A source close to the investigation said the mosque, which has around 1,500 worshipers, posted a Facebook video about Samuel Paty days before the 47-year-old history and geography professor was beheaded last Friday.
The video sharply criticized Paty’s decision to show his class – after giving Muslim students the option to leave if they felt uncomfortable – two caricatures of the Prophet Muhammad alongside other cartoons in the frame of a class discussion on freedom of expression.
Education Minister Jean-Michel Blanquer said on Tuesday that Paty would posthumously receive France’s highest honor, the Legion of Honor. A national ceremony will be organized in his honor at the Sorbonne University in Paris on Wednesday.
The teacher was stabbed and beheaded outside his high school in Conflans-Sainte-Honorine, about 20 miles northwest of Paris, by an 18-year-old of Chechen descent named Abdullakh Anzorov who was shot dead by police a little after.
Paris prosecutors said on Tuesday they had opened an investigation into a French neo-Nazi website hosted abroad that reposted the photo of Paty’s decapitated corpse posted on Twitter by the killer.
A young interior minister, Marlène Schiappa, met with senior leaders of social media platforms like Facebook, Twitter and Snapchat on Tuesday to discuss ways to better tackle what the ministry has called “cyber-Islamism.”
French officials and politicians have said Paty’s murder should be a catalyst for new legislation in France – and possibly the EU – aimed at making social media platforms more accountable for the content they host.
Paty’s murder was preceded by a fierce online campaign against the teacher and the school, led by the father of a student who had not attended the lesson. He posted a number of videos calling for Paty’s dismissal, one of which was shared by the mosque.
Father and Abdelhakim Sefrioui, a well-known radical Islamist who also posted videos online and campaigned for Paty’s deportation, were among the 16 people arrested in connection with the murder, including four family members of Anzorov.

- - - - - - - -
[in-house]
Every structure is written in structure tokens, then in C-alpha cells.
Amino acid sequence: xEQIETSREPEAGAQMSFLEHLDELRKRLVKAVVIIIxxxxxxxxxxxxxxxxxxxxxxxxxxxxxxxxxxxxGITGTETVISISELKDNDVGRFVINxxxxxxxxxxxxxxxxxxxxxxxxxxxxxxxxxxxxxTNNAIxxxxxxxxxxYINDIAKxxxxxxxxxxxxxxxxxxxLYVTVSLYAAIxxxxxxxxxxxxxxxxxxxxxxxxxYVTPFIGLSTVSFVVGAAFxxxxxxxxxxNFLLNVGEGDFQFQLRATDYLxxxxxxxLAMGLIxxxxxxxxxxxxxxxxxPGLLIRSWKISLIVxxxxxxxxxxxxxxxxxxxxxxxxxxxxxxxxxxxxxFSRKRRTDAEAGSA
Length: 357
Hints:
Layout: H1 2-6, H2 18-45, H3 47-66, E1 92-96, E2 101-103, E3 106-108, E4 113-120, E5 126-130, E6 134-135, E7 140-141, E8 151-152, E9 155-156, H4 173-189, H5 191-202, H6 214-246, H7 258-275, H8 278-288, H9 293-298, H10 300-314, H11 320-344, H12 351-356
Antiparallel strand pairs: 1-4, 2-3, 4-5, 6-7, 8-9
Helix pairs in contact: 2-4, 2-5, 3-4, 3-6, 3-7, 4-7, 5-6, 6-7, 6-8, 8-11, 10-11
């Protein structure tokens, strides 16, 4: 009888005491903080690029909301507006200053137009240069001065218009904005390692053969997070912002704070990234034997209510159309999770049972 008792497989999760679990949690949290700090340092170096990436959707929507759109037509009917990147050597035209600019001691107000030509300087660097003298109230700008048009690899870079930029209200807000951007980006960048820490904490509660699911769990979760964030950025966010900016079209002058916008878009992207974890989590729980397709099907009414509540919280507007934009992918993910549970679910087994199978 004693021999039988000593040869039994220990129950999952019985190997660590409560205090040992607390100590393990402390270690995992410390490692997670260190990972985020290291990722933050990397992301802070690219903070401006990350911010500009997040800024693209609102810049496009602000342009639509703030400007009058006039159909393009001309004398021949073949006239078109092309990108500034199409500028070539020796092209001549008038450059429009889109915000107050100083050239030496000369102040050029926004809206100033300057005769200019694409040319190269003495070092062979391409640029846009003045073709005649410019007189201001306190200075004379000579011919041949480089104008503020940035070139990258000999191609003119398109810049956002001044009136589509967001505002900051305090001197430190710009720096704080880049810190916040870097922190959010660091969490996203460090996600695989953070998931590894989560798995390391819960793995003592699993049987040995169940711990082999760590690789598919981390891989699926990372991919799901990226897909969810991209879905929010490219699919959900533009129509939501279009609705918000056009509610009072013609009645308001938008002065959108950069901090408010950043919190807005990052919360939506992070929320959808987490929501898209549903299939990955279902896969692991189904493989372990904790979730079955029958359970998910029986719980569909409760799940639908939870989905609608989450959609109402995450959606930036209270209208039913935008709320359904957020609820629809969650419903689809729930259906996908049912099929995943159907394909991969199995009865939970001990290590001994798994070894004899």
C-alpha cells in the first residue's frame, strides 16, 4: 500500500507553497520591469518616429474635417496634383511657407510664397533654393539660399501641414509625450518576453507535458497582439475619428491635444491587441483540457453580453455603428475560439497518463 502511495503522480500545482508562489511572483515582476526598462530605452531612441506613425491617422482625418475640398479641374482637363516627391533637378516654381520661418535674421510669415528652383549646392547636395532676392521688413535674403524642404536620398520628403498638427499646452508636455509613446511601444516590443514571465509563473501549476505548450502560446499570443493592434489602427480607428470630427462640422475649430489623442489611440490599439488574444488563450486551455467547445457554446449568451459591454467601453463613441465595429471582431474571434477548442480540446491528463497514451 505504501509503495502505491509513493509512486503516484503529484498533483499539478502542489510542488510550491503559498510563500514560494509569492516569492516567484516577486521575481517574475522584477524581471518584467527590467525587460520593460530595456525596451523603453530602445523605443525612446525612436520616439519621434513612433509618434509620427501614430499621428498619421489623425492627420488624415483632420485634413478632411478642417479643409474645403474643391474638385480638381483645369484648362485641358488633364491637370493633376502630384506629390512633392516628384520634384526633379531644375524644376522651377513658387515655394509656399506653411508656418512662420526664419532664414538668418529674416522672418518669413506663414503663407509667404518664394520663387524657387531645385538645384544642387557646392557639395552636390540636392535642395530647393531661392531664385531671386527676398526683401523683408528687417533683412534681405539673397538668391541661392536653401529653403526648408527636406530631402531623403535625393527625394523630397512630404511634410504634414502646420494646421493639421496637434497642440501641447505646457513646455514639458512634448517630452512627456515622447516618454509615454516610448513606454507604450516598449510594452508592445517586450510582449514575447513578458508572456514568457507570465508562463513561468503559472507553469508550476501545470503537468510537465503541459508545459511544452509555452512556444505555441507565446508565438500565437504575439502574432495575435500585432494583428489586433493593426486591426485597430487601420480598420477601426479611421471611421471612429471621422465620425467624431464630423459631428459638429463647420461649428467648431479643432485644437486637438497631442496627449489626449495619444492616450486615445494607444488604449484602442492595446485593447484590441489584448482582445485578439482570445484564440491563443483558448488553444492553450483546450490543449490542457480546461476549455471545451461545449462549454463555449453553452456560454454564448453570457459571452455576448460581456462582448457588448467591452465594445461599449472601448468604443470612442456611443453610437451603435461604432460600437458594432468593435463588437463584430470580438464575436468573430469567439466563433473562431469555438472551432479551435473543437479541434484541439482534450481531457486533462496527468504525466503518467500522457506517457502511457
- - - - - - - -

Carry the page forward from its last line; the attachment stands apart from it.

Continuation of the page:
Four students from the school suspected of agreeing to pay for pointing the finger at the assailant Paty were also among the detainees on Tuesday.
The Education Ministry has flatly denied rumors circulating, particularly on far-right websites, that the local education authority had prepared to reprimand Paty for showing the cartoons. The ministry said the teacher had behaved quite appropriately and was assured of the full support of the authority.
Darmanin on Monday accused Sefriou and the father of having issued a “fatwa” against Paty. Pantin mosque chief M’hammed Henniche said on Tuesday he shared the video because he felt Muslim children were selected in class.
Authorities are targeting suspicious groups within the Muslim community and have said they plan to disband several. Darmanin and French President Emmanuel Macron were due to attend a special meeting of the national anti-Islamist committee on Tuesday.
Macron is under pressure to find an effective response to the latest in a series of Islamist terrorist attacks that have rocked France since the Charlie Hebdo massacre in 2015, in which 12 people were killed in the offices of the satirical weekly after have published caricatures of the Prophet Muhammad.
More than 240 people have died as a result of Islamist violence since 2015, prompting opposition politicians – particularly on the right – to accuse the government of waging a battle of words rather than taking decisive action.